I bought her a drink, and she immediately fell into an argument with a boyfriend/agent, who came loping after us to the bar (apparently the Woman With Ill-Defined Frontiers was having a border conflict). Small sums of money were exchanged between them. I tired of this, and drifted back to the dance floor. The woman pursued me, and asked a few questions, apparently to assess whether my hotel room was in the near-vicinity (it wasn't). In a flash, she ducked out the exit and disappeared. So, I lost $12 (a small sum by Las Vegas standards) but gained newfound respect for Richard Feynman.

Rather soon, the DJ stopped playing House music and began playing Rap music. Snoop Dog wasn't my cup of tea so after a few minutes I made my way back to Tabu. By 3 a.m., the crowd there had thinned out. The DJ said he had already played my song (about half an hour before) - shoot! Nevertheless, the DJ was playing a good mix of music, so I lingered for awhile, but soon enough, the crowd was no longer at a critical mass. I returned to Studio 54, where the DJ was once again playing good Trance and House music. Excellent!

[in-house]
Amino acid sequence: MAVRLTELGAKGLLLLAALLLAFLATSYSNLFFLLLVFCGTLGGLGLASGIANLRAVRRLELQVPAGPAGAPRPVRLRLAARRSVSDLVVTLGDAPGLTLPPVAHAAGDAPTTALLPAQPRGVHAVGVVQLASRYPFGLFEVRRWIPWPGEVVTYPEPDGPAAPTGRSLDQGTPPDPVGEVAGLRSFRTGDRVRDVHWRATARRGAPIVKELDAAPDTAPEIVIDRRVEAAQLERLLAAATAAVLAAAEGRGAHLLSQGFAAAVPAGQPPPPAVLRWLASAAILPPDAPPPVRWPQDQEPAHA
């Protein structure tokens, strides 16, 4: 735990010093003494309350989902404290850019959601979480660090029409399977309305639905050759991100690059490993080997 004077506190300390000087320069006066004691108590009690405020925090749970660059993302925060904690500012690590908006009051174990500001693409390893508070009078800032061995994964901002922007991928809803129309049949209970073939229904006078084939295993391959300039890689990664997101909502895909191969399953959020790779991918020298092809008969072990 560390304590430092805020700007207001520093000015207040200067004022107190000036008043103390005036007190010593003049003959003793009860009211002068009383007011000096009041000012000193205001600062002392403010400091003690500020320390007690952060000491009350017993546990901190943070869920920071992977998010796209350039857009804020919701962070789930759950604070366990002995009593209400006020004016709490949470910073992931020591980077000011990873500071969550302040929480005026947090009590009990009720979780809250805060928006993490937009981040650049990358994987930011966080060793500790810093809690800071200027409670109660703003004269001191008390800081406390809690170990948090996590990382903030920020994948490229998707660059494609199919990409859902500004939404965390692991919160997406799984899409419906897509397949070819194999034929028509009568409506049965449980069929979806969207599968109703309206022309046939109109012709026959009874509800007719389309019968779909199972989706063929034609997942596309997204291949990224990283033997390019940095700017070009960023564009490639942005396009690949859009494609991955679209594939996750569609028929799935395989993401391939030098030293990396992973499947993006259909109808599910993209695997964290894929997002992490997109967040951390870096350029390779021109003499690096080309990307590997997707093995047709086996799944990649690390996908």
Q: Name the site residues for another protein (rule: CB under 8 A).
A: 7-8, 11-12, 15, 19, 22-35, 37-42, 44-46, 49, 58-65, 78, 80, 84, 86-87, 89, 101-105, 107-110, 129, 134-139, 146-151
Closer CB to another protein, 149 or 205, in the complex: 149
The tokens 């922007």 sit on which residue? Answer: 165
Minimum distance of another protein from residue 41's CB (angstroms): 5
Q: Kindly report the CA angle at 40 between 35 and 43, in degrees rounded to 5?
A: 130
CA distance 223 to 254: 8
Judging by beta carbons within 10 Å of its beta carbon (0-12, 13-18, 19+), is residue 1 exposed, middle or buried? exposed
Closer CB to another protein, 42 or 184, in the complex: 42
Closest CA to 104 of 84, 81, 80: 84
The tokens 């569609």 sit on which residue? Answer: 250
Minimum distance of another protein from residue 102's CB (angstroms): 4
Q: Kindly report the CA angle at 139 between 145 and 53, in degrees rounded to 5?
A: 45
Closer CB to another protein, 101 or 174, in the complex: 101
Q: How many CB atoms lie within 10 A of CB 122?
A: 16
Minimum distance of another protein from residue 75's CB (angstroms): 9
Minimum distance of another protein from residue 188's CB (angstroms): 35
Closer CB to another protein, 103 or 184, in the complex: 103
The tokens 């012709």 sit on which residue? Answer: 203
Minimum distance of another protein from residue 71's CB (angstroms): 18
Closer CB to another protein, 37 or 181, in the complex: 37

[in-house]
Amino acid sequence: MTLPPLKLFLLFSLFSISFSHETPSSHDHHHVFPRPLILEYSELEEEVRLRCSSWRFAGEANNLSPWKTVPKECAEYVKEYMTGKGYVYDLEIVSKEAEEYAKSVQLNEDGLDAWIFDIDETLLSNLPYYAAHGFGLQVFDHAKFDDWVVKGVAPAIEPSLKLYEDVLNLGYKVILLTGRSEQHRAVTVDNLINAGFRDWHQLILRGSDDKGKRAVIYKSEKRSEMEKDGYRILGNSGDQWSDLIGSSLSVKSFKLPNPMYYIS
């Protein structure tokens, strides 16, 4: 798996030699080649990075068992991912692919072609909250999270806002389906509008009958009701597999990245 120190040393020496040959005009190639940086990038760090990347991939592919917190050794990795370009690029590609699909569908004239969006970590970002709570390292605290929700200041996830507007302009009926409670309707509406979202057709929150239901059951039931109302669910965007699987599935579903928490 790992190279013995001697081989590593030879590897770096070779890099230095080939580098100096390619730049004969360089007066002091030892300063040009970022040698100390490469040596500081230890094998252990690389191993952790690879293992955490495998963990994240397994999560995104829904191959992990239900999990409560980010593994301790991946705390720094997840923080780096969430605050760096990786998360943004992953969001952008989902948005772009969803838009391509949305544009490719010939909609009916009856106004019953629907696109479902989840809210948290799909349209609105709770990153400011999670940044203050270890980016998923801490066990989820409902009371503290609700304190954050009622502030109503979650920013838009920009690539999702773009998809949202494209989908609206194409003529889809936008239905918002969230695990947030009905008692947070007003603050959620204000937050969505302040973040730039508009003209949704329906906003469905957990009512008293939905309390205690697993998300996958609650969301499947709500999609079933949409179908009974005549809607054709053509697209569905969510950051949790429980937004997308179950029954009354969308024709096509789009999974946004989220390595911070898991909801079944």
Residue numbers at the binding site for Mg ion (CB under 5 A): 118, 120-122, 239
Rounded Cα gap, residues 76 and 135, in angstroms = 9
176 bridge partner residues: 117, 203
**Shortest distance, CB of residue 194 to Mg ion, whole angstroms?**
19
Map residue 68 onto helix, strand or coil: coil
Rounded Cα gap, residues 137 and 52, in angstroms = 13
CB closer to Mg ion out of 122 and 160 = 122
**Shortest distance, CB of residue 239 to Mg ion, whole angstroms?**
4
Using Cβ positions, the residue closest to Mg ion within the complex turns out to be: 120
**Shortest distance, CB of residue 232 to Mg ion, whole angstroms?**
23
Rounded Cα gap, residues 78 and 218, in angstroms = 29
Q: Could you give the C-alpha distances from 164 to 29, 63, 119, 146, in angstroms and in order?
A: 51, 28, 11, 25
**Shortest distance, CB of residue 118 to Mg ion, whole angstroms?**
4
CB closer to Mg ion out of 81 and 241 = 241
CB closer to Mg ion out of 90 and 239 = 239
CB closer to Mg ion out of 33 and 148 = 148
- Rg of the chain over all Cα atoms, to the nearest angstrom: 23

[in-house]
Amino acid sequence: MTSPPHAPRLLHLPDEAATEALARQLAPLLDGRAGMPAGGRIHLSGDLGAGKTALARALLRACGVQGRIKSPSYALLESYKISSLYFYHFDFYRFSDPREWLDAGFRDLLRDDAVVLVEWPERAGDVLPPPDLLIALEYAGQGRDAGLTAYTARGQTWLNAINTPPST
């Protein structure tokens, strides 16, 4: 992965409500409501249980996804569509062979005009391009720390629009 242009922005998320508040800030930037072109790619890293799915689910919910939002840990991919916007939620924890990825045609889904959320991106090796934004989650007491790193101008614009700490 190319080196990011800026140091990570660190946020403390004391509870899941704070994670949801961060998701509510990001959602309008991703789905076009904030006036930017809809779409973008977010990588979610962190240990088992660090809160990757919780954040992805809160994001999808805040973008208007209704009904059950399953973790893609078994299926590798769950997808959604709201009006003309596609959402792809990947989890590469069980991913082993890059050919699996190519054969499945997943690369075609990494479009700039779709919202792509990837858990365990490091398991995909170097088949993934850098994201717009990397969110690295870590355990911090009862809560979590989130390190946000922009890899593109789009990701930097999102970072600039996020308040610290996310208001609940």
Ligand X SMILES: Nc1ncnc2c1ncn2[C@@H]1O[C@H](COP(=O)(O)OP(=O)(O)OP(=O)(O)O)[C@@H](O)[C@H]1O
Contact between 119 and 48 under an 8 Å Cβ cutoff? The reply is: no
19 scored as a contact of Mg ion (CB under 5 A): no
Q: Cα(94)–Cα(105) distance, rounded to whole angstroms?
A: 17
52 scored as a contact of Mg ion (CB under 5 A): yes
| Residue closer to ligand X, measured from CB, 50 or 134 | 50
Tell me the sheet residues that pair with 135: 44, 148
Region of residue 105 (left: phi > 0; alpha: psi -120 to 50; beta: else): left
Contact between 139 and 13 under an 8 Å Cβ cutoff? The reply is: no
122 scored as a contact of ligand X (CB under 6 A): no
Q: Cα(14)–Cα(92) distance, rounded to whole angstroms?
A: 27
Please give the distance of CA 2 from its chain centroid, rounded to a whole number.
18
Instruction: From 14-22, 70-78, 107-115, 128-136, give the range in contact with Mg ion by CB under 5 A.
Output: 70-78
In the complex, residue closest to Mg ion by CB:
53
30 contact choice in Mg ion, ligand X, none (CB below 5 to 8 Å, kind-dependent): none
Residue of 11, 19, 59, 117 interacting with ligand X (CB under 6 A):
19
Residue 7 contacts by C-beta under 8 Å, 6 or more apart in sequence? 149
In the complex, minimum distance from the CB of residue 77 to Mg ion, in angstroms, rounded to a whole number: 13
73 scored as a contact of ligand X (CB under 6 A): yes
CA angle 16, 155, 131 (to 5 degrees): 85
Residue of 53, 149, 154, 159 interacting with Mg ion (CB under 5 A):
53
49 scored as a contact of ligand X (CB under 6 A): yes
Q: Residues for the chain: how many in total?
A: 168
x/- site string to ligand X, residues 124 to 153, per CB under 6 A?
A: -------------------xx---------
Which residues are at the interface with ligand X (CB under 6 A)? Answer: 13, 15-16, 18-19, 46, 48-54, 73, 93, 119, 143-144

(left: I need to get a gig like this)

Many people were working through the informational haze that night, laboring on their particular knowledge gaps and trying to answer questions. The many stone-faced young men gripping beer bottles, I don't know what they lacked - their glassy eyes conveyed nothing. (Rather, I know exactly what they lacked, having been in their shoes more than once, but they needed to dance!) There were others in the crowd whose needs were easier to read, however.....